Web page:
Recall that the French controle carries stresses in meaning that are slightly different from the English control. Controle means control as in the power to influence people and things, but it also refers to the actual administration of control via particular monitoring apparatuses such as train turnstiles, border crossings, and checkpoints. The notion, in English, of having to pass through “passport control” gets at the deeper meaning of the word. So when Deleuze talks about les societes de contrôle he means those kinds of societies, or alternately those localized places within the social totality, where mobility is fostered inside certain strictures of motion, where openings appear rather than disappear, where subjects (or for that matter objects) are liberated as long as they adhere to a variety of prescribed comportments.
– Alexander R. Galloway, Laruelle: Against the Digital 
Along with the Passport Checkpoint, Deleuze mentions the highway as a metaphor for control society. In fact, the highway is a poignant metaphor for the Internet. Highways, especially in popular culture, give the impression that one can go anywhere at any speed and that one has autonomous control of their being. In reality, highways multiply the forms of control because there are checkpoints at every entrance and exit, and the system knows where we are and what we are consuming. Deleuze’s reading of the highway may be interpreted as ‘There is no outside!” or “There is no place that is free from control.” While this reading is debatable, it’s certainly useful to think about the impact of control society on individual persons and society.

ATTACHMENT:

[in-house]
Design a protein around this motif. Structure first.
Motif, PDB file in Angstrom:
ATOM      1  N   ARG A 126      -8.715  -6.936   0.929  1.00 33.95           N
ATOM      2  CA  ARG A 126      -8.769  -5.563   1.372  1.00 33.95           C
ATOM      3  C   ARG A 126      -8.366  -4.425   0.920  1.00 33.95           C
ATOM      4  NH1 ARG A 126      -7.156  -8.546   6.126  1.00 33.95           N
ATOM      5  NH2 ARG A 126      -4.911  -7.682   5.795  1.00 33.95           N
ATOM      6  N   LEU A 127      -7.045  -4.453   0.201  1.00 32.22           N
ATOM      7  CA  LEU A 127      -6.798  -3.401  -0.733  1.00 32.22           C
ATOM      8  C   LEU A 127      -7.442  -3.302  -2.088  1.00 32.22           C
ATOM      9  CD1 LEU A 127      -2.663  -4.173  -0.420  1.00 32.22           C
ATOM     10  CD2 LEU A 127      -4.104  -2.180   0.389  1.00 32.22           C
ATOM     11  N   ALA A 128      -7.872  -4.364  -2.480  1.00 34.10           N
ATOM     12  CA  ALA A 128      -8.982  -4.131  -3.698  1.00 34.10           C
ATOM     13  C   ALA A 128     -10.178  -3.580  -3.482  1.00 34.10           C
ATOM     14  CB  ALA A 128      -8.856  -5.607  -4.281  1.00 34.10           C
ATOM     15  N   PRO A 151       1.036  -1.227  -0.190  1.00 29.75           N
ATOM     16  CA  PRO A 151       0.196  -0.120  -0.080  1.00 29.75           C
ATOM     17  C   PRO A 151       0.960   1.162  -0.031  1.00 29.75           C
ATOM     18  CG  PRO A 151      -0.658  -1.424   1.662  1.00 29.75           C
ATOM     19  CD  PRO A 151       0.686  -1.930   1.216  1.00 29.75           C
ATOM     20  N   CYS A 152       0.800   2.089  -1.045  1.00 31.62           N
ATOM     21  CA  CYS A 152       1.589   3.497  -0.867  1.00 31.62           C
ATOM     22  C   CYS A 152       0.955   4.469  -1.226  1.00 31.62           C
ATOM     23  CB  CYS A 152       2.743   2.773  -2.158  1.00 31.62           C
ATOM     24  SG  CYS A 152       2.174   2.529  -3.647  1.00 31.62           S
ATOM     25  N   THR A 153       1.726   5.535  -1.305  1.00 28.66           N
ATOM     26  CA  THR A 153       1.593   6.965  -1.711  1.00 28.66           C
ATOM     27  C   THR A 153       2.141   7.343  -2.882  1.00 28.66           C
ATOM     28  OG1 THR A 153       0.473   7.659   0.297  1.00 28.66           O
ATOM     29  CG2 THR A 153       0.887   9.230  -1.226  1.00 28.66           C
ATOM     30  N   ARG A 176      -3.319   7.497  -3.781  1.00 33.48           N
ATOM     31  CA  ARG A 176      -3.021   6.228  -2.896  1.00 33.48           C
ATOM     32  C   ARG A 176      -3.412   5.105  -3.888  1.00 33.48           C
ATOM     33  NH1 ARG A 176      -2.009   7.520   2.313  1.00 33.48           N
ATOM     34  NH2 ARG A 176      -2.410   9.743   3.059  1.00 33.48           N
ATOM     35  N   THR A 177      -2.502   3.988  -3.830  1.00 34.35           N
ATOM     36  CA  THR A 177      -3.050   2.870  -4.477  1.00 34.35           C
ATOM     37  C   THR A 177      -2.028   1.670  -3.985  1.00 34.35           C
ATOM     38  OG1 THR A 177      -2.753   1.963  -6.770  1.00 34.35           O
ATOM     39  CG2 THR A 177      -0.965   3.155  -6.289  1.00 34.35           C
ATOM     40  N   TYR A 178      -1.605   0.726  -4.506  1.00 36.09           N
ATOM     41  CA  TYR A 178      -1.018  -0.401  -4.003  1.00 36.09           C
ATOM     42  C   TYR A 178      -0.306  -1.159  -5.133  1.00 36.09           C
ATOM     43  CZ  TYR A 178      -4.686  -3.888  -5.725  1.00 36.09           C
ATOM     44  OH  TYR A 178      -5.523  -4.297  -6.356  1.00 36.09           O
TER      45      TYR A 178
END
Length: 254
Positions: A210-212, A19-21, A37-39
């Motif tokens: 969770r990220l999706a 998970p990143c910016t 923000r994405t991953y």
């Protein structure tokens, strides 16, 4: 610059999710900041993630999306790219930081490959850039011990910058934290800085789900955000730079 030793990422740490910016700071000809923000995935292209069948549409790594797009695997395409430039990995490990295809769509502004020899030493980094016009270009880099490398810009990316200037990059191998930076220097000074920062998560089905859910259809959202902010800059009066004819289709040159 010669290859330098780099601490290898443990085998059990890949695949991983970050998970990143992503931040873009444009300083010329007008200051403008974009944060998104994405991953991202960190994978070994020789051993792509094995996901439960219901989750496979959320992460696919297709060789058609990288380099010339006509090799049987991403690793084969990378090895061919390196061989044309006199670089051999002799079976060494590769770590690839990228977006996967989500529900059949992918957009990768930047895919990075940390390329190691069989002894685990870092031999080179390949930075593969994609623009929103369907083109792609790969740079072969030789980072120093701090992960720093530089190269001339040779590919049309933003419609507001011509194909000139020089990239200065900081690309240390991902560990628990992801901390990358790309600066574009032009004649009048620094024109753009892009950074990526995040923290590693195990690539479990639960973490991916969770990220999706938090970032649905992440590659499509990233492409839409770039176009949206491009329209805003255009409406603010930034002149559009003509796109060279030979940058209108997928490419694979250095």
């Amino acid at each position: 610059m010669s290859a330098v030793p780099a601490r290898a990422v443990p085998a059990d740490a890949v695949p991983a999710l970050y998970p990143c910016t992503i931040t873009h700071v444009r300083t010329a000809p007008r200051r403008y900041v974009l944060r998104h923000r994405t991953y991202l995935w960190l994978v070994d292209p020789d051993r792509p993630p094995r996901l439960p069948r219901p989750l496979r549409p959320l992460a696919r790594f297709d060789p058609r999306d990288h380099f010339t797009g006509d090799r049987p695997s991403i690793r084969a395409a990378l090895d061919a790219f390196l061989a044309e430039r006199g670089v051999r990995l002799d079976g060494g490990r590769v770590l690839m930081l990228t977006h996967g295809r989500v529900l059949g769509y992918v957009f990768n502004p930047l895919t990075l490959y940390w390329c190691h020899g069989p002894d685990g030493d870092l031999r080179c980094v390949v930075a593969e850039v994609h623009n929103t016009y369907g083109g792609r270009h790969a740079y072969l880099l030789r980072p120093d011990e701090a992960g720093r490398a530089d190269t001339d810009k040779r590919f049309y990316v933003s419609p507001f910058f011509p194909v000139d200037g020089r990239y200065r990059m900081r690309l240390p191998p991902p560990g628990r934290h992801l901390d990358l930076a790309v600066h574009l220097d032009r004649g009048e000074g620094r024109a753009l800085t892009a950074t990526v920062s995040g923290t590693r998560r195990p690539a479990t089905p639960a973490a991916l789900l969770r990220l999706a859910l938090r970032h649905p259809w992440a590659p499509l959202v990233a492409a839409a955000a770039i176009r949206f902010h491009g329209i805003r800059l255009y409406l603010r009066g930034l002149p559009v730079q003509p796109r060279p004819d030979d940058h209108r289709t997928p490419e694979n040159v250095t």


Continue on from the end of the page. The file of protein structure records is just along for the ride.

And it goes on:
We no longer find ourselves dealing with the mass/individual pair. Individuals have become “dividuals,” and masses, samples, data, markets, or “banks.”
– Gilles Deleuze, Postscript on the Societies of Control